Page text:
“Chattanooga’s future lies with its entrepreneurs,” says Charles Wood, Vice President of Economic Development for the Chattanooga Area Chamber of Commerce. In that role, his key focus areas include leading global business recruitment efforts, existing industry support, regional strategy initiatives, product development, and oversight of the Chamber’s 127,000 square foot business incubator, known as INCubator.
Like so many individuals from the Scenic City, Wood cites several critical elements that have positioned Chattanooga for long-term success as a leading start-up ecosystem. Not surprising, the first one that he mentioned was the deployment of the nation’s first gigabit network by EPB.
“That physical asset showed the city was clearly looking at its future,” Wood says. “Having that infrastructure put us in a unique position. It also sent a powerful message to CEOs that will pay dividends for a long time.”
Wood also cited the success of start-ups like Branch Technology, MRO Inc., and Variable Inc., graduates of the INCubator, a facility that we spotlighted in this December 2021 article in teknovation.biz. The former manufacturing complex, acquired by Hamilton County in 1988, is the largest incubator in Tennessee and the third largest in the country.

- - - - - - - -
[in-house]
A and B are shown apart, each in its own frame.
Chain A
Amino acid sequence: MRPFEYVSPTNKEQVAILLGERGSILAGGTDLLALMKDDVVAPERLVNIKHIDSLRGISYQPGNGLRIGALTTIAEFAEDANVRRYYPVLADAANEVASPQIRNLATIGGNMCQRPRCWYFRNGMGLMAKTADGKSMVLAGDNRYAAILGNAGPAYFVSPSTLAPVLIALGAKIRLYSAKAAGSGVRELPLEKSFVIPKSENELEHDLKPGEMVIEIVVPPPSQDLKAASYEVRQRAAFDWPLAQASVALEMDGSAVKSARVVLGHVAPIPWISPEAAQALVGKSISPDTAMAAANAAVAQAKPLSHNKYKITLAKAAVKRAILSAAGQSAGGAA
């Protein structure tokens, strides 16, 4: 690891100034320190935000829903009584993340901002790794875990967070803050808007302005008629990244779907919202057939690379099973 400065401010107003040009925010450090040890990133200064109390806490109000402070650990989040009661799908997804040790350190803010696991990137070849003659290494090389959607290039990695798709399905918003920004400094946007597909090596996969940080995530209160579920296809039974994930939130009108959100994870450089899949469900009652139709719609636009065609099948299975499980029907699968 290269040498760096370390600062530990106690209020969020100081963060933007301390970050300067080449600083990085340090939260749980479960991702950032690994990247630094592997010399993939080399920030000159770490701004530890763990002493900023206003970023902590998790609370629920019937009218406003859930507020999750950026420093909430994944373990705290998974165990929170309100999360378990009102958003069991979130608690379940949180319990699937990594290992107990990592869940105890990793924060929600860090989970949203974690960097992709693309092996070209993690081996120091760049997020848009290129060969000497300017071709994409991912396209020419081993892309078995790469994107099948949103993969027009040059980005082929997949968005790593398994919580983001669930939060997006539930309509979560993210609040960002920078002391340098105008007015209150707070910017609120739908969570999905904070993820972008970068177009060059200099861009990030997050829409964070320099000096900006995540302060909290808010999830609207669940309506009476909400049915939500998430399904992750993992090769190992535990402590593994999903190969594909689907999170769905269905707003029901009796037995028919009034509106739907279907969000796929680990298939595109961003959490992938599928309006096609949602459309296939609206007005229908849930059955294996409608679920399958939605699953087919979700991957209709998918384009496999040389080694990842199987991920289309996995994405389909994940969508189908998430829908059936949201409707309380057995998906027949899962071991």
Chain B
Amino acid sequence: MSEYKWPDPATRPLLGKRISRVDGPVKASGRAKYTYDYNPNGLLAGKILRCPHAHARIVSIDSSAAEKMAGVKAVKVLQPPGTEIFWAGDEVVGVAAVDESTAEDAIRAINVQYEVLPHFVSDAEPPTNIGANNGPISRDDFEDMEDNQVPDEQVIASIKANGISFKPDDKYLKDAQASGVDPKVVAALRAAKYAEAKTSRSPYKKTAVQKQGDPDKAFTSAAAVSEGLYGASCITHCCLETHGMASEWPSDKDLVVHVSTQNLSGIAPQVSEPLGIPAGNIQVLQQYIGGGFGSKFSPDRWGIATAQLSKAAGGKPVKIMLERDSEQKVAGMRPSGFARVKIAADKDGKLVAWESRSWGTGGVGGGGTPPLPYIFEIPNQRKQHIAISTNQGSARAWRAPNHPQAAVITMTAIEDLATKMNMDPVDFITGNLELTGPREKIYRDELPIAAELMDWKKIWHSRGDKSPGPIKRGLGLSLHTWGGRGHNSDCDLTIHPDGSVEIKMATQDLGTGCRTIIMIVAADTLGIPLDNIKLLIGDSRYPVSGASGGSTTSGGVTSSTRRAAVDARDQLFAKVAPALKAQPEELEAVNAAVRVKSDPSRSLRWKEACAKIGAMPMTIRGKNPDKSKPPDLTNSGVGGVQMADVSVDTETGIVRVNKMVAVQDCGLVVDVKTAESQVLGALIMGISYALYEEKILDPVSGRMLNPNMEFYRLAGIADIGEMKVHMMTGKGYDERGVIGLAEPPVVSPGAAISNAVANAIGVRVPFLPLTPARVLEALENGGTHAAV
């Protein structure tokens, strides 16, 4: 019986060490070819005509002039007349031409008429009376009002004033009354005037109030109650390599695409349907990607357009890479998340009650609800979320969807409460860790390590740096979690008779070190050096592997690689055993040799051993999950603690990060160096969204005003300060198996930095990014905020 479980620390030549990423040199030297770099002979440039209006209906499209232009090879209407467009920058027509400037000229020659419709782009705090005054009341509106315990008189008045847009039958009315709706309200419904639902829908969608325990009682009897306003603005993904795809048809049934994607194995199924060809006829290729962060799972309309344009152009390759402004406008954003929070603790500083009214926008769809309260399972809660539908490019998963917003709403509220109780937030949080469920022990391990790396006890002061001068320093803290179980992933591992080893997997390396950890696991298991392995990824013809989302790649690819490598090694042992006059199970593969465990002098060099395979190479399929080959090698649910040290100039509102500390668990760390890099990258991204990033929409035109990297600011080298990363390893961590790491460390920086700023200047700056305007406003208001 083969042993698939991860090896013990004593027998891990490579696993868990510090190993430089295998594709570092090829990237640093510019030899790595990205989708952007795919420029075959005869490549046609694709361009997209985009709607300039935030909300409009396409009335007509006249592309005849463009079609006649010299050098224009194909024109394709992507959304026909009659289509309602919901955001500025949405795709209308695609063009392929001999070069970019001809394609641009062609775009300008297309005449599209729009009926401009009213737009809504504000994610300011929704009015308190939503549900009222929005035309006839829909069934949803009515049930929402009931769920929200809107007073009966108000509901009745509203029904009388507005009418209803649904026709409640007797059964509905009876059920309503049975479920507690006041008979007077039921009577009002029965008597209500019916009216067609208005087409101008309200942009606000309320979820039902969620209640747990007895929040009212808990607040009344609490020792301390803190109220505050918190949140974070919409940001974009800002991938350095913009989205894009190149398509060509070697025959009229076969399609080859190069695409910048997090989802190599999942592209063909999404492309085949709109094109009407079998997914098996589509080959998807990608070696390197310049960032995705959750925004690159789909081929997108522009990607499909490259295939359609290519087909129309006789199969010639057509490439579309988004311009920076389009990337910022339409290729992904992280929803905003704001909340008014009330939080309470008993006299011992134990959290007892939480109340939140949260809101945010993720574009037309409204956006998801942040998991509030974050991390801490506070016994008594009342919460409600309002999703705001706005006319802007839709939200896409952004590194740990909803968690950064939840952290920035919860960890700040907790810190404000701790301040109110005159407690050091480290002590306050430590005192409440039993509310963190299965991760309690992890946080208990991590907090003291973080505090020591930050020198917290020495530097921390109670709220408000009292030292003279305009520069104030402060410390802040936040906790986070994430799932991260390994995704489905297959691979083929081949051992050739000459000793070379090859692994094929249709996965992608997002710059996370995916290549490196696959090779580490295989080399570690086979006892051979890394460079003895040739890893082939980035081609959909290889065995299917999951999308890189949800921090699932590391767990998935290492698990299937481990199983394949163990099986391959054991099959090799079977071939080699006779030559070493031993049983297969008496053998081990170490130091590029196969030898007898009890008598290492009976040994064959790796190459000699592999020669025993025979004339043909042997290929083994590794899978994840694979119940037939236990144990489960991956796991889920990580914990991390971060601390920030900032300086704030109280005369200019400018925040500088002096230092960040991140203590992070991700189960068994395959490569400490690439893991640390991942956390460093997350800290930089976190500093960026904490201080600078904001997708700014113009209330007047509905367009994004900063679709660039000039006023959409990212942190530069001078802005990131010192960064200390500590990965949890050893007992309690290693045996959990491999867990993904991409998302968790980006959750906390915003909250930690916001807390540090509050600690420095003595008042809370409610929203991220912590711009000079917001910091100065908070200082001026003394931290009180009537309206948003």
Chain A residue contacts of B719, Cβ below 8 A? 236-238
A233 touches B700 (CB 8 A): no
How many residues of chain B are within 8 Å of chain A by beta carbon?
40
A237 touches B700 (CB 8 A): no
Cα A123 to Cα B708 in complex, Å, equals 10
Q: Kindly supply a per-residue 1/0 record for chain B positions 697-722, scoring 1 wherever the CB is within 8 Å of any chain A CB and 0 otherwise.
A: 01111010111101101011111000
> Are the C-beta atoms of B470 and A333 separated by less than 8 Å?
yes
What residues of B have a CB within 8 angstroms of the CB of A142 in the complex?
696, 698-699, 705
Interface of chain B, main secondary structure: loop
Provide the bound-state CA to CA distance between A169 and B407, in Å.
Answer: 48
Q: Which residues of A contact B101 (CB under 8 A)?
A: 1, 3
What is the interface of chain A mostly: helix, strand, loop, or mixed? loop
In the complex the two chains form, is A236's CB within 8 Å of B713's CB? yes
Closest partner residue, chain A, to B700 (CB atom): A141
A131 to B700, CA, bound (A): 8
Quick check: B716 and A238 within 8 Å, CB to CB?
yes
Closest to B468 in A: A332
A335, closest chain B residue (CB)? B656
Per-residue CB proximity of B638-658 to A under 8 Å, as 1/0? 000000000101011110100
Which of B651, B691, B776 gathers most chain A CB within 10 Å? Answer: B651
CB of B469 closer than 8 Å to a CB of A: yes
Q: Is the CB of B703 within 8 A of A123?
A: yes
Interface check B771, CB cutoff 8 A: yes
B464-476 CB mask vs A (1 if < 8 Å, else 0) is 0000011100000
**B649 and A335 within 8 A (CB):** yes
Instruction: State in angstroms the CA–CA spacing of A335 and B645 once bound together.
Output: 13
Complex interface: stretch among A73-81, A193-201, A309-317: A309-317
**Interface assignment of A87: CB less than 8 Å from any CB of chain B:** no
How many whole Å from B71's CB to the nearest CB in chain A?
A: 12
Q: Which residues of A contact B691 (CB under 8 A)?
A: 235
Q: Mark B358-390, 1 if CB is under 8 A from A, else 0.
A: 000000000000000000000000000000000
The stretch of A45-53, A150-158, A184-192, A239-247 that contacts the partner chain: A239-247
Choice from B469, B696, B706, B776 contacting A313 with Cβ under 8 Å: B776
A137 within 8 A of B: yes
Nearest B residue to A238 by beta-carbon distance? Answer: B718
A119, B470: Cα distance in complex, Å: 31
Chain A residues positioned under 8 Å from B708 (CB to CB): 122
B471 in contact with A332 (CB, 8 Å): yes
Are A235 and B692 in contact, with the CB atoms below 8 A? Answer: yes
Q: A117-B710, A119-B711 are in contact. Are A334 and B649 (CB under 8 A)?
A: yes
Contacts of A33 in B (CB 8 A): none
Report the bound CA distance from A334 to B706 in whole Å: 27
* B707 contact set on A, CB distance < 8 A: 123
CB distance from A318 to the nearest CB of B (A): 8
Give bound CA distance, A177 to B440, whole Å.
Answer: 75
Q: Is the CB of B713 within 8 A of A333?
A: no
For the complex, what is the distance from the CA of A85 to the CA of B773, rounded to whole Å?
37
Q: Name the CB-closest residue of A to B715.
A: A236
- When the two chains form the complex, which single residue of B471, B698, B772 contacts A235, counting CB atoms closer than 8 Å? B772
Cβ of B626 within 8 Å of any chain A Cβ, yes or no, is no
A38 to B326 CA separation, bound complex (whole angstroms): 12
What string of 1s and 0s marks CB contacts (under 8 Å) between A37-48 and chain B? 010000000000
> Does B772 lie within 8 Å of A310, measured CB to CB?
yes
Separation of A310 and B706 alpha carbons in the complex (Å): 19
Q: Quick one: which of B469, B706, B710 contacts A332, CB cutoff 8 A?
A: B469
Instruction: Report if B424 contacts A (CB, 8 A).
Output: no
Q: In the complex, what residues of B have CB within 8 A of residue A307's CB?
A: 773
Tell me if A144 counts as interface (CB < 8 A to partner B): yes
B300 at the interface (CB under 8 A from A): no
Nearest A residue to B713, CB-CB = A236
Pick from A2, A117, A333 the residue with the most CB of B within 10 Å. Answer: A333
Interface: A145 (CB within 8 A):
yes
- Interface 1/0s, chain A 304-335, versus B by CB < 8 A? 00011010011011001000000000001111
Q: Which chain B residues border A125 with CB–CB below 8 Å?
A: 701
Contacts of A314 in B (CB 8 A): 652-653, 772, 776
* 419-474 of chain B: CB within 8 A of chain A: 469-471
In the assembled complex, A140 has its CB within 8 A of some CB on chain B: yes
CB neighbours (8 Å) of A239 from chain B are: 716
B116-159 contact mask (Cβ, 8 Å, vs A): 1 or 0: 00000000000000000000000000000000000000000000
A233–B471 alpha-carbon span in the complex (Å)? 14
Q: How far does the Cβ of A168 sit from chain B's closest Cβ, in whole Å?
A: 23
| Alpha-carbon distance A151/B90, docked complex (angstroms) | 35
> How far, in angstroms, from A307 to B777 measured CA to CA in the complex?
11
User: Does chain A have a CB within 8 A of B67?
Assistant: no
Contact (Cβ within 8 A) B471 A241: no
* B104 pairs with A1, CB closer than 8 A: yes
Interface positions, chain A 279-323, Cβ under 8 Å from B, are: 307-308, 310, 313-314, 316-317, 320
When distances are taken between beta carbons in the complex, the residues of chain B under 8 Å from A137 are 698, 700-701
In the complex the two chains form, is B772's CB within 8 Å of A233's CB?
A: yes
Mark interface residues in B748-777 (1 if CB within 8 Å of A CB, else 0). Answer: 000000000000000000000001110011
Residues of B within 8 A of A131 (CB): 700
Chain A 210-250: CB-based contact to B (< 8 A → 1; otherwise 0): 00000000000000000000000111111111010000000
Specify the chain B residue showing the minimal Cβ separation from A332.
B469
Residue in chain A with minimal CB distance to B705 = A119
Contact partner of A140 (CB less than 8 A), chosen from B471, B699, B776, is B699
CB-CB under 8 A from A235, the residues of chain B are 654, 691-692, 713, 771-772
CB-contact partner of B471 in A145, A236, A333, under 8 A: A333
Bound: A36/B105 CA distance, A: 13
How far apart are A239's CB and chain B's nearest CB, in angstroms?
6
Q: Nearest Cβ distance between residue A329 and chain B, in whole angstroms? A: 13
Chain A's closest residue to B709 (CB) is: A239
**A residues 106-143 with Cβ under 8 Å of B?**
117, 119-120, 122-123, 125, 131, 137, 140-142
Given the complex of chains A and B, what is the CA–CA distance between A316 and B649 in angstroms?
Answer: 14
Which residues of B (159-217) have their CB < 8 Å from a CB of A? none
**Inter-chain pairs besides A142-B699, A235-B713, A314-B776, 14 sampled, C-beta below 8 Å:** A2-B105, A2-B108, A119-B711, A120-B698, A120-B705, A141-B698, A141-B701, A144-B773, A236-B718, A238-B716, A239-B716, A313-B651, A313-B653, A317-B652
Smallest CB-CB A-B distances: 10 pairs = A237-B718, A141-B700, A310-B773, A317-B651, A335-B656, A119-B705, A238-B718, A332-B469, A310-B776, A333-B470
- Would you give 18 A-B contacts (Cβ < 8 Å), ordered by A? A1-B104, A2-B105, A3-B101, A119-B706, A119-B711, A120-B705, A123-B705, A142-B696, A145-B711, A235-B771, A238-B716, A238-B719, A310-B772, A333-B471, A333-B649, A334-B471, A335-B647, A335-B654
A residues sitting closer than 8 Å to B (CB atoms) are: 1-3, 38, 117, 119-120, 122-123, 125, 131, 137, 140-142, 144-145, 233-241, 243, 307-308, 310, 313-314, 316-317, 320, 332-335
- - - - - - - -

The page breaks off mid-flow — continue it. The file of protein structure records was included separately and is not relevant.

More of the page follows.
Also high on Wood’s list of key factors in the success of the entrepreneurial ecosystem are the founders of Access America Transport – Ted Alling and Barry Large – who are “paying it forward” after their company merged with Coyote Logistics in 2014. The two have reinvested in their hometown, launching The Lamp Post Group and later Dynamo Ventures. Today, Chattanooga is well-recognized as an emerging logistics hub, in no small part as a result of efforts like Dynamo Ventures that has raised more than $61 million in two funds that are focused on supply chain start-ups and rapidly growing companies like FreightWaves, the supply chain data venture.
Another strength that Wood cited is the more recent emphasis locally on positioning Chattanooga as an emerging smart city on an international playing field. “We seem to be good at being a learning lab,” he says of the award-winning “Chattanooga Smart Community Collaborative” and its MLK Smart Corridor.
And he talked about initiatives that “we can replicate out,” starting with the CO.STARTERS program that originated in Chattanooga in 2008 as part of the broader “Create Here” effort and has now touched more than 300 communities and more than 19,400 small businesses around the world. Newer, but having an equally significant potential, is the Proof Incubator, an initiative focused on entrepreneurs in the restaurant and beverage business.
Wood has been in the economic development world for nearly 25 years, serving in four other states before moving to Chattanooga almost 10 years ago to join the Chamber. Those previous stops included the Pensacola Bay Area Chamber of Commerce where he was Senior Vice President of Economic Development; College Station TX where he was Director of Economic Development; and the Mobile, AL Area Chamber of Commerce where Wood was on the economic development team. He also worked with two consulting firms.
What’s the biggest challenge he sees for established companies, growing ventures, and start-ups? Not surprising, it’s talent.
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